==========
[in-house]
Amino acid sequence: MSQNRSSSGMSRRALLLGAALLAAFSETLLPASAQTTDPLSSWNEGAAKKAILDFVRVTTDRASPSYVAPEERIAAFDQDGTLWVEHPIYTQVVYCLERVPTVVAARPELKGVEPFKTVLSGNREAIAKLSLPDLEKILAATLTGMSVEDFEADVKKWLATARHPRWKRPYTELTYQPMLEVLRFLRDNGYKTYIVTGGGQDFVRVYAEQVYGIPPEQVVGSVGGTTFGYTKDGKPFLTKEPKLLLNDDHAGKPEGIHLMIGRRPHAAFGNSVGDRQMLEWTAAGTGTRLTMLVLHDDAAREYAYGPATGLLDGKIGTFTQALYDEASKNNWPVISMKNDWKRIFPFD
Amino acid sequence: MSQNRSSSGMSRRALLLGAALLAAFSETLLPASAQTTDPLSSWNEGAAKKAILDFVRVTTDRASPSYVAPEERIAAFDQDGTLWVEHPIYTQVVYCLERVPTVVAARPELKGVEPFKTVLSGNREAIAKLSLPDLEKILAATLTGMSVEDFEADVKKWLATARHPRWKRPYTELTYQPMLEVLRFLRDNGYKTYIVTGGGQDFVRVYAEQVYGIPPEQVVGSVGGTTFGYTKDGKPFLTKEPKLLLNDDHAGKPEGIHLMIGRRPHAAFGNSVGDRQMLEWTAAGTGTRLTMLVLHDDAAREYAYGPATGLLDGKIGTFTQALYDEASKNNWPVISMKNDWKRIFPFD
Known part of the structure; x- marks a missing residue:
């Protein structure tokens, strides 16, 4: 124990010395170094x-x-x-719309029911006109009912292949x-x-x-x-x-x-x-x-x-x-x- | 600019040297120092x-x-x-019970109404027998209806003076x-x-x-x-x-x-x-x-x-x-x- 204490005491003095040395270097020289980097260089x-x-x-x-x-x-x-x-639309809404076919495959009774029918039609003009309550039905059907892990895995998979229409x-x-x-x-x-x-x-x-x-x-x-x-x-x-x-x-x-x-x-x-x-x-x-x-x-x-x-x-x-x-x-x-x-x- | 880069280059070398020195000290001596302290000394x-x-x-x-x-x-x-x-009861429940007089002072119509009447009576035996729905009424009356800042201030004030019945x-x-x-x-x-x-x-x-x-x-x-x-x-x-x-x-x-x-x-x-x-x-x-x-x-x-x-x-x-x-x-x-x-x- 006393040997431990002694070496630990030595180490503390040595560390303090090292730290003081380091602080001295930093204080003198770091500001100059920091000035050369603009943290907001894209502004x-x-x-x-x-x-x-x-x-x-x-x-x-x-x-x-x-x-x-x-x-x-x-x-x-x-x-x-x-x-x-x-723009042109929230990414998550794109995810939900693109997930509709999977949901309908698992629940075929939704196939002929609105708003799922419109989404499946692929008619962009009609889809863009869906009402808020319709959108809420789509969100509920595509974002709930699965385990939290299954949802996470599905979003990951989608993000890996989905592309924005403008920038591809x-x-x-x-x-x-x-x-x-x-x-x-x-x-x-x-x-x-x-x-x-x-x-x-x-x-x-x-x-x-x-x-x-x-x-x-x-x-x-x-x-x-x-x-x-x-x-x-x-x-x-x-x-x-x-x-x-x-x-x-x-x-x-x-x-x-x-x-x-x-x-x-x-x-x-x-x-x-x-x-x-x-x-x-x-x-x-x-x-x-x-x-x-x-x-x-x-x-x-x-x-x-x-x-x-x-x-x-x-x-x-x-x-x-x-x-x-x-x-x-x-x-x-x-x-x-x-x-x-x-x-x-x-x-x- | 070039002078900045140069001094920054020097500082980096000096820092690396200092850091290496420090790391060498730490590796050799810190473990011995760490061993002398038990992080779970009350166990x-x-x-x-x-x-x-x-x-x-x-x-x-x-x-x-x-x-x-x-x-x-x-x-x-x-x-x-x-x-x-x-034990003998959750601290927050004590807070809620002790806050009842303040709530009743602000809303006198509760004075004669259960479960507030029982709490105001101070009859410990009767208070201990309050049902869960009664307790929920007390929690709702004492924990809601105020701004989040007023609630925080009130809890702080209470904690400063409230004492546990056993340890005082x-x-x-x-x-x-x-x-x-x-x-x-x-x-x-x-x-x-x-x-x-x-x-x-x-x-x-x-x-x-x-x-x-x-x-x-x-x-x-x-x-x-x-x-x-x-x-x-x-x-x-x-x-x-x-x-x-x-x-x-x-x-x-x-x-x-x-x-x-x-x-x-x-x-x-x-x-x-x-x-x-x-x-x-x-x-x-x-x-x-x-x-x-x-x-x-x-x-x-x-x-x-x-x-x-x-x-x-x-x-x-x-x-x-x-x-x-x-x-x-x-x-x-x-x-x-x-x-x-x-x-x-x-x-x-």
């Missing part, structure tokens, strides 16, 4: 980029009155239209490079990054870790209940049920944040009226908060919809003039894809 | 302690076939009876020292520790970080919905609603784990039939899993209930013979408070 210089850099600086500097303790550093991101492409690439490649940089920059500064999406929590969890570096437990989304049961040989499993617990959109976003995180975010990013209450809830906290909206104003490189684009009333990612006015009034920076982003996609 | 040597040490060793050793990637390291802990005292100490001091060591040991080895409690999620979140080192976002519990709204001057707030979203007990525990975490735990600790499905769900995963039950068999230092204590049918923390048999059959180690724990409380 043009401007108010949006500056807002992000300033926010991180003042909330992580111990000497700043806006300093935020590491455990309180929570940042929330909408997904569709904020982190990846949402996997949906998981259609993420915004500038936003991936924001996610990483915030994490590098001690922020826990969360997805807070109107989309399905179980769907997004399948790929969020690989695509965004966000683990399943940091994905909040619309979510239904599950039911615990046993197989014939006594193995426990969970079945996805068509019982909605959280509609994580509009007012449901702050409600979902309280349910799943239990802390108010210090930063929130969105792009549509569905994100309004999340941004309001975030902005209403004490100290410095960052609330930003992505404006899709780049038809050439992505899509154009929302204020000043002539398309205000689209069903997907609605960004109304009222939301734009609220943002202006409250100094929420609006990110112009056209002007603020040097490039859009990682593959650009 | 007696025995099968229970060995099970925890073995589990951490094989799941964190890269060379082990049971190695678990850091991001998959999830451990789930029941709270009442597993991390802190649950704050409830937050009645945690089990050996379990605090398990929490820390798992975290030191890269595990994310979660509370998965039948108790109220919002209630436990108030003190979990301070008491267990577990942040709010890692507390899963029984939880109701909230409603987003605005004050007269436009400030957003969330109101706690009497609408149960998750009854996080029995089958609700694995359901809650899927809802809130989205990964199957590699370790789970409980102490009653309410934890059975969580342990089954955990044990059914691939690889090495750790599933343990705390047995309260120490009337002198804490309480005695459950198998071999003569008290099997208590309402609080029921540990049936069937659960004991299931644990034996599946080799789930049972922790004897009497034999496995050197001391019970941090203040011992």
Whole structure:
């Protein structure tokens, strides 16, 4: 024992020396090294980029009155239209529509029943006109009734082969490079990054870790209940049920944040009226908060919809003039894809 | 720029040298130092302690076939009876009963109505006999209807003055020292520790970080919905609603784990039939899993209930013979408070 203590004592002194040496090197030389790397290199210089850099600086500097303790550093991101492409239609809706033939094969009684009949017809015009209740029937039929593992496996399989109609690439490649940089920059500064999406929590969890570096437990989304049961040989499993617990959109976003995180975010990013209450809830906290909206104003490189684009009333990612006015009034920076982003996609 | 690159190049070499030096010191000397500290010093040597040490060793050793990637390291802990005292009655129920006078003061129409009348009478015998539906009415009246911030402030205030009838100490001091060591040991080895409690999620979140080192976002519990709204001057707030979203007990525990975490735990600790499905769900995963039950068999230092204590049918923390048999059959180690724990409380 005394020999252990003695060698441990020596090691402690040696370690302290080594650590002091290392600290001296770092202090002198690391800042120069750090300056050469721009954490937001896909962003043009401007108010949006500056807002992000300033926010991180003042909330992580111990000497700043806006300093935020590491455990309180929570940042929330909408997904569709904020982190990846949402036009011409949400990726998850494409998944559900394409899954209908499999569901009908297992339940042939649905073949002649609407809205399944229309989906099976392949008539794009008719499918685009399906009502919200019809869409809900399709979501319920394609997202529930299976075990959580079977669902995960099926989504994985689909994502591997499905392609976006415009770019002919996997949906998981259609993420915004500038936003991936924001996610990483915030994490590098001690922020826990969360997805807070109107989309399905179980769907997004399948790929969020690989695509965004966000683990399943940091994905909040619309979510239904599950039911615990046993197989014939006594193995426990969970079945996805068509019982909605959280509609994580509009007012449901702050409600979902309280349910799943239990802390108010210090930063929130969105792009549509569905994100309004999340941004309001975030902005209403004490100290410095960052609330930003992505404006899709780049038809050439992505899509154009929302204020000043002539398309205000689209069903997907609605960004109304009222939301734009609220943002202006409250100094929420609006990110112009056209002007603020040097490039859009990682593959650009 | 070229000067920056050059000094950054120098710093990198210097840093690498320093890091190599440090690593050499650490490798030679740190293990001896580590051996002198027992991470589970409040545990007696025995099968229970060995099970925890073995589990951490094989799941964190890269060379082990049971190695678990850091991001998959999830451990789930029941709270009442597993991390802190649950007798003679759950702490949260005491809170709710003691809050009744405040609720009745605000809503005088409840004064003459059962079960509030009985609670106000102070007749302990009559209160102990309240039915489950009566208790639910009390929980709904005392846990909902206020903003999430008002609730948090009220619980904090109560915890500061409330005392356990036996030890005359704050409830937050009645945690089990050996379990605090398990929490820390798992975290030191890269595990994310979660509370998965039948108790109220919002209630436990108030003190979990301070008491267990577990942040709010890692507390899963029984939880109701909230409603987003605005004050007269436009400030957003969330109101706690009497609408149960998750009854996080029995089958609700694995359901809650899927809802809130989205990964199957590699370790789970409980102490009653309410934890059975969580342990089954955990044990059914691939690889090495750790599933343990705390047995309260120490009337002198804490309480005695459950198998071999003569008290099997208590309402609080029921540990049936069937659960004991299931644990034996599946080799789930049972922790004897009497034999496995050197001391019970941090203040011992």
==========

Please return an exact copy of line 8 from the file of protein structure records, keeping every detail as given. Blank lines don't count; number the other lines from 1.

């Protein structure tokens, strides 16, 4: 024992020396090294980029009155239209529509029943006109009734082969490079990054870790209940049920944040009226908060919809003039894809 | 720029040298130092302690076939009876009963109505006999209807003055020292520790970080919905609603784990039939899993209930013979408070 203590004592002194040496090197030389790397290199210089850099600086500097303790550093991101492409239609809706033939094969009684009949017809015009209740029937039929593992496996399989109609690439490649940089920059500064999406929590969890570096437990989304049961040989499993617990959109976003995180975010990013209450809830906290909206104003490189684009009333990612006015009034920076982003996609 | 690159190049070499030096010191000397500290010093040597040490060793050793990637390291802990005292009655129920006078003061129409009348009478015998539906009415009246911030402030205030009838100490001091060591040991080895409690999620979140080192976002519990709204001057707030979203007990525990975490735990600790499905769900995963039950068999230092204590049918923390048999059959180690724990409380 005394020999252990003695060698441990020596090691402690040696370690302290080594650590002091290392600290001296770092202090002198690391800042120069750090300056050469721009954490937001896909962003043009401007108010949006500056807002992000300033926010991180003042909330992580111990000497700043806006300093935020590491455990309180929570940042929330909408997904569709904020982190990846949402036009011409949400990726998850494409998944559900394409899954209908499999569901009908297992339940042939649905073949002649609407809205399944229309989906099976392949008539794009008719499918685009399906009502919200019809869409809900399709979501319920394609997202529930299976075990959580079977669902995960099926989504994985689909994502591997499905392609976006415009770019002919996997949906998981259609993420915004500038936003991936924001996610990483915030994490590098001690922020826990969360997805807070109107989309399905179980769907997004399948790929969020690989695509965004966000683990399943940091994905909040619309979510239904599950039911615990046993197989014939006594193995426990969970079945996805068509019982909605959280509609994580509009007012449901702050409600979902309280349910799943239990802390108010210090930063929130969105792009549509569905994100309004999340941004309001975030902005209403004490100290410095960052609330930003992505404006899709780049038809050439992505899509154009929302204020000043002539398309205000689209069903997907609605960004109304009222939301734009609220943002202006409250100094929420609006990110112009056209002007603020040097490039859009990682593959650009 | 070229000067920056050059000094950054120098710093990198210097840093690498320093890091190599440090690593050499650490490798030679740190293990001896580590051996002198027992991470589970409040545990007696025995099968229970060995099970925890073995589990951490094989799941964190890269060379082990049971190695678990850091991001998959999830451990789930029941709270009442597993991390802190649950007798003679759950702490949260005491809170709710003691809050009744405040609720009745605000809503005088409840004064003459059962079960509030009985609670106000102070007749302990009559209160102990309240039915489950009566208790639910009390929980709904005392846990909902206020903003999430008002609730948090009220619980904090109560915890500061409330005392356990036996030890005359704050409830937050009645945690089990050996379990605090398990929490820390798992975290030191890269595990994310979660509370998965039948108790109220919002209630436990108030003190979990301070008491267990577990942040709010890692507390899963029984939880109701909230409603987003605005004050007269436009400030957003969330109101706690009497609408149960998750009854996080029995089958609700694995359901809650899927809802809130989205990964199957590699370790789970409980102490009653309410934890059975969580342990089954955990044990059914691939690889090495750790599933343990705390047995309260120490009337002198804490309480005695459950198998071999003569008290099997208590309402609080029921540990049936069937659960004991299931644990034996599946080799789930049972922790004897009497034999496995050197001391019970941090203040011992």